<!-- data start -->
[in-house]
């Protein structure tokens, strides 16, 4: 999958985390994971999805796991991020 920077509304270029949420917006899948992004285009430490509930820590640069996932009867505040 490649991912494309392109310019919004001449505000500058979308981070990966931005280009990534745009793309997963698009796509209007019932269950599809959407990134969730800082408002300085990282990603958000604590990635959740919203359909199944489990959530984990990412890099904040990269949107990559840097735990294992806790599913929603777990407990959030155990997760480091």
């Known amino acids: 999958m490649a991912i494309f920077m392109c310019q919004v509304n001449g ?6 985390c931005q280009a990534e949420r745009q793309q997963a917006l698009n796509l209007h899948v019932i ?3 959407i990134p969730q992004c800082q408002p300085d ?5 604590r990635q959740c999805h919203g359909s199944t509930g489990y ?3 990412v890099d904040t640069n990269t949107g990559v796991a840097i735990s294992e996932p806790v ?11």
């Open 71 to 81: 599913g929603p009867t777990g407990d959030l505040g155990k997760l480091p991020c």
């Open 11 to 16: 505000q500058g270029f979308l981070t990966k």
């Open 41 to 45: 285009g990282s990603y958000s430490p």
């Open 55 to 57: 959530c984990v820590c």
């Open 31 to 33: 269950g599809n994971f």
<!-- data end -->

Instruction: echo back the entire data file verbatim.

[in-house]
């Protein structure tokens, strides 16, 4: 999958985390994971999805796991991020 920077509304270029949420917006899948992004285009430490509930820590640069996932009867505040 490649991912494309392109310019919004001449505000500058979308981070990966931005280009990534745009793309997963698009796509209007019932269950599809959407990134969730800082408002300085990282990603958000604590990635959740919203359909199944489990959530984990990412890099904040990269949107990559840097735990294992806790599913929603777990407990959030155990997760480091």
């Known amino acids: 999958m490649a991912i494309f920077m392109c310019q919004v509304n001449g ?6 985390c931005q280009a990534e949420r745009q793309q997963a917006l698009n796509l209007h899948v019932i ?3 959407i990134p969730q992004c800082q408002p300085d ?5 604590r990635q959740c999805h919203g359909s199944t509930g489990y ?3 990412v890099d904040t640069n990269t949107g990559v796991a840097i735990s294992e996932p806790v ?11």
């Open 71 to 81: 599913g929603p009867t777990g407990d959030l505040g155990k997760l480091p991020c």
């Open 11 to 16: 505000q500058g270029f979308l981070t990966k």
């Open 41 to 45: 285009g990282s990603y958000s430490p």
């Open 55 to 57: 959530c984990v820590c």
């Open 31 to 33: 269950g599809n994971f």